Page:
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UBC Theses and Dissertations

Reaching girls through social networking : is there a new avenue for smoking prevention messages? Struik, Laura Louise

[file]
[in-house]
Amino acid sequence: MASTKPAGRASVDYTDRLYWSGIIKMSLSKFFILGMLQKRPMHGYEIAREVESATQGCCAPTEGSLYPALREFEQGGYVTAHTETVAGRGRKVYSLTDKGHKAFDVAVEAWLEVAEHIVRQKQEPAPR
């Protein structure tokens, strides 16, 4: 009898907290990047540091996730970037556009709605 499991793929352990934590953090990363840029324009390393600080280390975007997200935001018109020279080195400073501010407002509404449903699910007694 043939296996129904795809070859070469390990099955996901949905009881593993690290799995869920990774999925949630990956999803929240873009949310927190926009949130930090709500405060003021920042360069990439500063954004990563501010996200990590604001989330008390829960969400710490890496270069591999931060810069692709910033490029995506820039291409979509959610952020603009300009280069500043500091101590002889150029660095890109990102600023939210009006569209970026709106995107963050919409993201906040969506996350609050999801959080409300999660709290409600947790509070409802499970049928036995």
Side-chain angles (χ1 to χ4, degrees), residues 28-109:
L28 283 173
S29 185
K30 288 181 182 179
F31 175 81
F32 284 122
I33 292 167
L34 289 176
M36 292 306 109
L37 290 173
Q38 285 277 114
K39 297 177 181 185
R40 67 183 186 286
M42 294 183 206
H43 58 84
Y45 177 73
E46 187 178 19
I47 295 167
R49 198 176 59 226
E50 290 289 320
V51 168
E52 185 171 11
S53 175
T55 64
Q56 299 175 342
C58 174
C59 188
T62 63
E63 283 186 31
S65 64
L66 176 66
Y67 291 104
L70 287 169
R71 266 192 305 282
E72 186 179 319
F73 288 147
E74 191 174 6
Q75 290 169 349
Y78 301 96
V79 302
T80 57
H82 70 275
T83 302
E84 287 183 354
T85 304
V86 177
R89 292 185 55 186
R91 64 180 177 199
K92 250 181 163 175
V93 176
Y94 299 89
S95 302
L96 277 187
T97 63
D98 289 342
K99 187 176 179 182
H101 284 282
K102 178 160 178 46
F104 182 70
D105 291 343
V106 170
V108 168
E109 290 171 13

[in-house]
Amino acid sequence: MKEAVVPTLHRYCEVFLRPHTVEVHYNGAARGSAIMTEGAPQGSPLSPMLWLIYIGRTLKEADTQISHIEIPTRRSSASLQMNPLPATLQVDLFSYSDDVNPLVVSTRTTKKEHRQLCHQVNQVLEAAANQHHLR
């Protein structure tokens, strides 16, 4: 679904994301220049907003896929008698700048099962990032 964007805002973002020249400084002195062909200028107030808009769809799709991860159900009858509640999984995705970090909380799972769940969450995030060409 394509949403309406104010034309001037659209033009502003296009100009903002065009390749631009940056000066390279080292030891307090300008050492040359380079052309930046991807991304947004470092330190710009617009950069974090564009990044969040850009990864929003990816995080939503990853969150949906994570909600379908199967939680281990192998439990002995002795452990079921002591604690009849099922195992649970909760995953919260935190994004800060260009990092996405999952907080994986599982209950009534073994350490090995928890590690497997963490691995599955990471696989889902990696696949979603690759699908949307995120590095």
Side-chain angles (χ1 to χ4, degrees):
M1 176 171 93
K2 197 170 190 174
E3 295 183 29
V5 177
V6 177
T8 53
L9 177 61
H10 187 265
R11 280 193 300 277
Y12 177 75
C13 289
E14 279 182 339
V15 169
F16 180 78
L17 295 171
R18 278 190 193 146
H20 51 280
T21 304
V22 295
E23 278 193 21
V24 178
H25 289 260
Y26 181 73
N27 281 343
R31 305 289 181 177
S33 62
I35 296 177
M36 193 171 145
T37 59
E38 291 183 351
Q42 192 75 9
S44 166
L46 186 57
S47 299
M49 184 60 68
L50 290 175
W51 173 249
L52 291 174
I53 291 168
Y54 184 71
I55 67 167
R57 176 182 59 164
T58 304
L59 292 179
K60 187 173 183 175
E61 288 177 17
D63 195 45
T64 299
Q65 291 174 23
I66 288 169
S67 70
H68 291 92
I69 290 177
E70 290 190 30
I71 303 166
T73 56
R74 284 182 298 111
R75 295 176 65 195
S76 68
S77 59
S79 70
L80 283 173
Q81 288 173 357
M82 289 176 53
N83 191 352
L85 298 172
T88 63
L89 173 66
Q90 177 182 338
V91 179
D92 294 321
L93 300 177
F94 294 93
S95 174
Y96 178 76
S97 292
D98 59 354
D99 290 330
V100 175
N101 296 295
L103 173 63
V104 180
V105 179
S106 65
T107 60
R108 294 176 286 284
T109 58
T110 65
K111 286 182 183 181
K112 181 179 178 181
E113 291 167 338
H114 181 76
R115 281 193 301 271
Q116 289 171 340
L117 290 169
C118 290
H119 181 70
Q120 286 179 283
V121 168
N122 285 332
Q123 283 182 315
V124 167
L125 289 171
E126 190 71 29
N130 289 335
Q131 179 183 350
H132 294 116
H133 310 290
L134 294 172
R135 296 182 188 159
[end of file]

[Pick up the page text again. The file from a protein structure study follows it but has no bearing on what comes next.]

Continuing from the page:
Evidence reveals that adolescent girls are being targeted on the internet by pro-tobacco advocates in order to influence smoking uptake, especially on social networking websites. Despite efforts to prevent smoking, rates of smoking initiation among young women continue to raise concerns. The aim of this interpretive descriptive study was to explore adolescent girls' perspectives about utilizing social networking websites as a medium to deliver tobacco control (TC) messages directed towards young women. Data were collected using three semi-structured focus groups with 17 smoking and non-smoking adolescent girls who were recruited through a recruitment poster and an ad on Facebook. Participants ranged in age from 16 to 19 years old, with a mean age of 17.7 years old (SD=0.69). The participants were provided seven current TC messages directed towards girls for evaluation, and to provide a context for discussion regarding the placement of TC messages on social networking websites. The data were analyzed using constant comparative methods. The findings suggest that young women are receptive to TC messages on social networking sites if messages are interactive, provide access to further information, and are positively framed in relation to becoming or staying smokefree. However, the participants expressed concern about the perceived stereotypical representations of gender and femininity displayed in TC messages and warned that these aspects render TC messages as less effective. Although there were mixed responses to the use of fear appeal messages, participants agreed that TC messages should include aspects that adolescent girls can relate to, such as ensuring the foci of messages are age-specific, include reference to peers and/or family, match the emotional tone in messages to the health and social risks associated with smoking, and refer to activities that are popular among adolescent girls. The findings of this study provide a beginning foundation for the development and evaluation of TC messages directed towards young women on social networking sites and has important implications for policy, practice and future research.

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